Where do you start with a book festival that has 450 authors, panelists and performers? I kicked off Saturday morning with a children's author, Jon Scieszka.
If you don't know him as an author, you've missed some of the funniest books, beginning with one I love, and have used successfully with adults, The True Story of the Three Little Pigs. Of course, he became a smash hit with boys with his book, The Stinky Cheese Man. And, this author who works so hard to write books that boys would read, was named the first National Ambassador for Young People's Literature by the Children's Book council and the Library of Congress. His presentation on Saturday was Guys Read: Inspiring Boys as Readers.
Scieszka addressed an audience of kids and adults, all fans, and began by telling us he gets lots of questions from crazy people. He said his favorite question, though, came when he addressed a group of school children and talked to them for almost forty minutes about writing. He said he made the mistake of taking a question from a little girl in the front row, usually the first graders or kindergartners. It was, "Do you have a real job?"
As much as I'd like to repeat Scieszka's entire program, there isn't time or room. So, I'll just say his interest in boys and reading came about because he was the second of six boys who grew up in Flint, Michigan, sons of a principal and a nurse. That childhood, wrestling with his brothers, is related in an autobiography, Knucklehead, that VOYA said, "reads more like a conversation with the class clown in the back row of Algebra I than a memoir." And, Scieszka's presentation was just as lively, and just as much fun, as that conversation. A perfect way to kick off the Tucson Festival of Books.
The Tucson Festival of Books was held on the campus of the University of Arizona, during spring break. An ideal location, with plenty of buildings to hold sessions (and plenty of clean restrooms for those of us who care). And, the festival committee was very smart in scheduling a half hour between sessions to give us time to get across campus. My second session was in the Student Union. Other Countries,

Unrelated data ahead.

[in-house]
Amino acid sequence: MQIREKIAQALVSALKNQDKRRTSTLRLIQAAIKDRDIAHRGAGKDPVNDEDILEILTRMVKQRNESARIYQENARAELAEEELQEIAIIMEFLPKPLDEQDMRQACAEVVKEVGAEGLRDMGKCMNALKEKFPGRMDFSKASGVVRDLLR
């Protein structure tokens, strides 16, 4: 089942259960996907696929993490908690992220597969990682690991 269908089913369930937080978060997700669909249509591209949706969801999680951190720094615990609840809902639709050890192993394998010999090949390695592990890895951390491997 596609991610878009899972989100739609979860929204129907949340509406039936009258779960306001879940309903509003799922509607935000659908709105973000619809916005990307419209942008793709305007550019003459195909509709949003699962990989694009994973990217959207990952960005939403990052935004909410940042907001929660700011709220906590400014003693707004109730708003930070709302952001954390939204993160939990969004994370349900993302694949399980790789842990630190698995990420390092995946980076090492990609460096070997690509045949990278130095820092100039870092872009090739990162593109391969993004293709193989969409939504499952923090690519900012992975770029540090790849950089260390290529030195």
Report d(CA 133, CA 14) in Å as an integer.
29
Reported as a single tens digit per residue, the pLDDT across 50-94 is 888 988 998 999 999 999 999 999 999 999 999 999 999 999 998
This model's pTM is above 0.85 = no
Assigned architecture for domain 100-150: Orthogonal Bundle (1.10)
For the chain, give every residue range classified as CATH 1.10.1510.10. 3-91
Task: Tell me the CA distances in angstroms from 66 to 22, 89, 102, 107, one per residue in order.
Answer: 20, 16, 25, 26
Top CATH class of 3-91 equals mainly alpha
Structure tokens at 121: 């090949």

Other Crimes featured mystery authors. Right to left in the picture are Libby Fischer Hellman, Cara Black, Shilpa Agarwal, and Suzanne Arruda. Each author told a little about themselves. Libby said she's the "best author you've never heard of," and proceeded to introduce the audience to her two series characters, Ellie Foreman and Georgia Davis. The books are set in Chicago, but Doubleback, the latest book, brings both characters together in a novel that goes from Chicago to Wisconsin, and ends in a border town in Arizona.
Libby and Cara Black have both appeared at the Velma Teague Library in the last year. Cara was just there last week, discussing her latest Aimée Leduc investigation, Murder in the Palais Royal. That book brings Aimée repercussions of her first case in Paris, Murder in the Marais.
Cara turned the mike over to Shilpa Agarwal, whose debut mystery is Haunting Bombay. That novel is set in India in the 1960s, and it tells the story of the drowning of the baby of a wealthy family in Bombay. Subsequently, the grandmother adopts another baby, Pinky. At age thirteen, Pinky opens a door in the family bungalo, and finds the ghost of the dead child in the room. Agarwal was born in Bombay, but grew up in Pittsburgh. She would spend summers in Bombay with her extended family, and she asked her parents to tell her about the family. That drowned child is part of Agarwal's family history.
Suzanne Arruda claimed she was a Saturday matinee writer. If you remember movies such as King Solomon's Mines, you know what her books are like. Her character, Jade del Cameron, grew up an unruly child in New Mexico, and her mother sent her to finishing college in England. It failed to take, and, in the first mystery in the series, Mask of the Lion, Jade is a driver in the ambulance corps in World War I. The period after the war was a time of clashing of cultures in British East Africa, a time in which the "Wild West moved to Africa." The series gives Arruda the chance to take Jade to Morocco, and Nairobi. In the latest book,
Treasure of the Golden Cheetah, Jade is leading a group of silent movie actors on a safari up Mount Kilimanjaro in Kenya. But the producer is murdered, and Jade is on a mountain with a group of out-of-control actors. Arruda calls her character a "female Dirk Pitt."
Each author answered questions about the particular settings they used, and it was a fascinating discussion, emphasizing the author's own family stories that led to these mystery stories.
And, what are they writing next? Libby Fischer Hellman has Georgia Three; Cara Black called her book Aimée Twelve. Shilpa said she can't say the title because she likes to keep her working title close to her chest. And, Suzanne Arruda announced Crocodile's Last Embrace.
Saturday afternoon was spent with authors of Women's Fiction. But, it was fun to end the morning with hugs from Cara Black and Libby Fischer Hellman.
Tomorrow: Saturday afternoon - Women's Fiction at the Tucson Festival of Books.
Rick Atkinson: A madness in his method - BookPage contributing writer Alden Mudge was excited to have the opportunity to interview Pulitzer Prize-winning historian Rick Atkinson for our June issue...
42 seconds ago